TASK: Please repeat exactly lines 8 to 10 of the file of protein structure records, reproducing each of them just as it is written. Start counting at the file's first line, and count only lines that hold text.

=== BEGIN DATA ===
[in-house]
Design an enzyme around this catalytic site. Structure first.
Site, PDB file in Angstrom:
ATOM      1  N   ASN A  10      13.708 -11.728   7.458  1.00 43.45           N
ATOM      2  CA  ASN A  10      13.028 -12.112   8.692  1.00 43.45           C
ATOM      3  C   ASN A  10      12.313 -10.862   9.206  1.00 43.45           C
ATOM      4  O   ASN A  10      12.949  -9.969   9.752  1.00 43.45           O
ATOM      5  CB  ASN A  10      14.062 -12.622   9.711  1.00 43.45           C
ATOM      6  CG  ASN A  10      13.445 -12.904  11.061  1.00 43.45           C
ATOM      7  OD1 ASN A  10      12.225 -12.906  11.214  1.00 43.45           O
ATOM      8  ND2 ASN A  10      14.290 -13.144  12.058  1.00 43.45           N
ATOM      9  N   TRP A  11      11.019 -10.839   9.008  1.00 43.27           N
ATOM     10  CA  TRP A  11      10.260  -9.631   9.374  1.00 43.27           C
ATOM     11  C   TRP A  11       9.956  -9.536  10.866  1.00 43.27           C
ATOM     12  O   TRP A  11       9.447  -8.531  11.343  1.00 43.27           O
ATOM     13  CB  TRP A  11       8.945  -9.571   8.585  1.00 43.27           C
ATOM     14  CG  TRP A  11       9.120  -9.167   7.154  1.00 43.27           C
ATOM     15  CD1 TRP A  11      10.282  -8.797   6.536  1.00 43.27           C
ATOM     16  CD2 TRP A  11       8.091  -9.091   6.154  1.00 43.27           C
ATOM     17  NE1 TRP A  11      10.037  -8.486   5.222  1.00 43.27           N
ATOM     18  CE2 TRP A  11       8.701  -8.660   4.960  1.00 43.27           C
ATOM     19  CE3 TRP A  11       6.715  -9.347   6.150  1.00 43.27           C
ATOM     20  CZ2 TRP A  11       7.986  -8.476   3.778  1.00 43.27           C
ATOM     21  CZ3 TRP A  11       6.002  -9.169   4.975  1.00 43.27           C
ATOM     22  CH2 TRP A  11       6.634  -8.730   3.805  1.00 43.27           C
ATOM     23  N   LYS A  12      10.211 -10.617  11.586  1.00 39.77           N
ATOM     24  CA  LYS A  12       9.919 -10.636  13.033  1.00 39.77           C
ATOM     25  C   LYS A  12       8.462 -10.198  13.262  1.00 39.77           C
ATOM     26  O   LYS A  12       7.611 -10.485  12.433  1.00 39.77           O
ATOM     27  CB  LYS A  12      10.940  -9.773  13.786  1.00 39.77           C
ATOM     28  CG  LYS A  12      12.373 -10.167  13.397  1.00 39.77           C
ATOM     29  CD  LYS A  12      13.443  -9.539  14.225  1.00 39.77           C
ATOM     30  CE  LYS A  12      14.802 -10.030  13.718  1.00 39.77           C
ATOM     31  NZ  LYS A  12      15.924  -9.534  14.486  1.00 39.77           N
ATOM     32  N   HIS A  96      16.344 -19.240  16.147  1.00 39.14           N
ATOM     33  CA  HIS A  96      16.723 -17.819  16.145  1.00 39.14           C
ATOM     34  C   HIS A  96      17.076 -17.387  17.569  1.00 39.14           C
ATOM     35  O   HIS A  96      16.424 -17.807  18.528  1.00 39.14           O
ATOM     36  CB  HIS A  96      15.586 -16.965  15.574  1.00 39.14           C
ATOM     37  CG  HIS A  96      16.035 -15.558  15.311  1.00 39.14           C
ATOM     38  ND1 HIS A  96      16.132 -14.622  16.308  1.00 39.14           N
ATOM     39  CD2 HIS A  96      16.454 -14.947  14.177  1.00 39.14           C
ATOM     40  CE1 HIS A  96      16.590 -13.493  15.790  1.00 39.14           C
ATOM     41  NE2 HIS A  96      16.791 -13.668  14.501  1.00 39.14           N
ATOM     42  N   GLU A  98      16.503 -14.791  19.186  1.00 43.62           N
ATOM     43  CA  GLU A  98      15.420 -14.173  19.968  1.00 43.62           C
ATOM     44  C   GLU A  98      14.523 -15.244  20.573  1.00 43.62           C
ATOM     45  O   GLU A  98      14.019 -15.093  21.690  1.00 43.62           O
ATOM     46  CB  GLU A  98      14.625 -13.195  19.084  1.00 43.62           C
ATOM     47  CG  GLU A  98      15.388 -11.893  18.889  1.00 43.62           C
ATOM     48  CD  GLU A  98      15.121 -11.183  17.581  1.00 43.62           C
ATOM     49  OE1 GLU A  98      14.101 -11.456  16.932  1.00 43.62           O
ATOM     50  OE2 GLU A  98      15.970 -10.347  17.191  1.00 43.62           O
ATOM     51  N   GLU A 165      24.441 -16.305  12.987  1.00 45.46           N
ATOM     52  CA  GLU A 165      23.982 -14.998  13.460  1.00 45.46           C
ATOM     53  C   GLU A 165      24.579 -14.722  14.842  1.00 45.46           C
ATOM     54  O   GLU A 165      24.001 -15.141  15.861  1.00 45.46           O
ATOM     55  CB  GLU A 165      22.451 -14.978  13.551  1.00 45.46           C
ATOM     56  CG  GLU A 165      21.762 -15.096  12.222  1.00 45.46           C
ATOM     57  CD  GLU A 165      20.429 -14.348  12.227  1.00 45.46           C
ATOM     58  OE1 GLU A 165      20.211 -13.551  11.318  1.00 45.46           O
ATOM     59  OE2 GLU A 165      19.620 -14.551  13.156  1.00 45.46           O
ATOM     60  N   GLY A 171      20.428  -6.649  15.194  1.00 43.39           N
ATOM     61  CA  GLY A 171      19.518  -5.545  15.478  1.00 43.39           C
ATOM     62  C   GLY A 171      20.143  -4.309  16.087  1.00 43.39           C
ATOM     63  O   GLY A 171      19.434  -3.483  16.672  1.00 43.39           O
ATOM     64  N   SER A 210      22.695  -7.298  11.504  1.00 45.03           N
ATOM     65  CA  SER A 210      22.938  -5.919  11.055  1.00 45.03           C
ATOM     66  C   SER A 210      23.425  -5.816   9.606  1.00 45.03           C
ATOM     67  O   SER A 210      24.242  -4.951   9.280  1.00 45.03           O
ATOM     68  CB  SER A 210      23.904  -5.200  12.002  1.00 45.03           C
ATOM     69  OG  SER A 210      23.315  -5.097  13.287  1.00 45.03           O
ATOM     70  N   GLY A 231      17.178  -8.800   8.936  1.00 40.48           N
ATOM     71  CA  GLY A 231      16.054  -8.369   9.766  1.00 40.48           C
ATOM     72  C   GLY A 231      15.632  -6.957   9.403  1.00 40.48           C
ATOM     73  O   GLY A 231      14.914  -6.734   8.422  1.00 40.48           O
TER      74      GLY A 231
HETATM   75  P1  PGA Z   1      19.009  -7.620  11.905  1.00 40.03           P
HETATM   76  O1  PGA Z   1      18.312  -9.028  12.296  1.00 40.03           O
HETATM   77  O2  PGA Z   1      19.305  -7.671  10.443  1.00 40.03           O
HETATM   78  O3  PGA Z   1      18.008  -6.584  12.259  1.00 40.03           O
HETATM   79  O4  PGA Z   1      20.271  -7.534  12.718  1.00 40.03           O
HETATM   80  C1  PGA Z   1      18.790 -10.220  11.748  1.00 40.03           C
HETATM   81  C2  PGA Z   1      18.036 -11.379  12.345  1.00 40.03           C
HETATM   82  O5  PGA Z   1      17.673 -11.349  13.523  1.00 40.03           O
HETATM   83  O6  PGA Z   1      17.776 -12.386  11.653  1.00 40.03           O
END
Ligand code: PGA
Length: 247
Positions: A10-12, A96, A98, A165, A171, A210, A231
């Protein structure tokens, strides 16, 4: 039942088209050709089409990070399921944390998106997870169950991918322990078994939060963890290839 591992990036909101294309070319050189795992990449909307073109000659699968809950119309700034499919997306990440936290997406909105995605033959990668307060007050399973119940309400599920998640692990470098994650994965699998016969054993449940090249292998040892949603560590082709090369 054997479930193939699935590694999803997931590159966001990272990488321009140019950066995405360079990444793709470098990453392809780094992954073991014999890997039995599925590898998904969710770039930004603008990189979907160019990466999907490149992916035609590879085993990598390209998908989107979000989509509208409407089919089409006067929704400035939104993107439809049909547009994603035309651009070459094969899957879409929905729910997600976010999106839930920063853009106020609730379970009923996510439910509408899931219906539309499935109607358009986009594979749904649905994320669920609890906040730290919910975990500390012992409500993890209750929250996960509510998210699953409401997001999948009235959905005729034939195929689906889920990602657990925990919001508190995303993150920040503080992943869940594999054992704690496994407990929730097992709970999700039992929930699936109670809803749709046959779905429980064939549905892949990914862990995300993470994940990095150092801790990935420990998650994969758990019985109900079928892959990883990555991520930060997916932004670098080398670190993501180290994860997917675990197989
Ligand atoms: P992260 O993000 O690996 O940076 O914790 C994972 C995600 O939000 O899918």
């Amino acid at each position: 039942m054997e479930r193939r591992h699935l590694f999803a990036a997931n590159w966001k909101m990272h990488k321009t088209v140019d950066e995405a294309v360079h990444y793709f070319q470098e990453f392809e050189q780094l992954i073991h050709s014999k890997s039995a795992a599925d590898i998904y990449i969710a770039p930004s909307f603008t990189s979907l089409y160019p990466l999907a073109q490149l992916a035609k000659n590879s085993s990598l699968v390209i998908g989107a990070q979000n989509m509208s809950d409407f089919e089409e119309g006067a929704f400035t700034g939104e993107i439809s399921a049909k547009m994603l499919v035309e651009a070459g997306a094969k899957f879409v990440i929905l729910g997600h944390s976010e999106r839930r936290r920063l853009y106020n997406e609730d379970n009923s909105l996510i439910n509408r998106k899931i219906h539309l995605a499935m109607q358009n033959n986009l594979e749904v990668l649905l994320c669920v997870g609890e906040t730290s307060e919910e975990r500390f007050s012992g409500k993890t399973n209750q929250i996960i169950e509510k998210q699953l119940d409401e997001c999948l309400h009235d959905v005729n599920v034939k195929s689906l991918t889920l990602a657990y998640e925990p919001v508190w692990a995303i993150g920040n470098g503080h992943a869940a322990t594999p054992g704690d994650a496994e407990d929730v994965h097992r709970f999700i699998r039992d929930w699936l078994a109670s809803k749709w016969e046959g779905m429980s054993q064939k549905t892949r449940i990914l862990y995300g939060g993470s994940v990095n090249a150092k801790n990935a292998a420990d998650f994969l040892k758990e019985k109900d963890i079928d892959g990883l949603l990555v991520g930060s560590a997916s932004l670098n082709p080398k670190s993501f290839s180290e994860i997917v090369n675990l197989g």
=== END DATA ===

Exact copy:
ATOM      5  CB  ASN A  10      14.062 -12.622   9.711  1.00 43.45           C
ATOM      6  CG  ASN A  10      13.445 -12.904  11.061  1.00 43.45           C
ATOM      7  OD1 ASN A  10      12.225 -12.906  11.214  1.00 43.45           O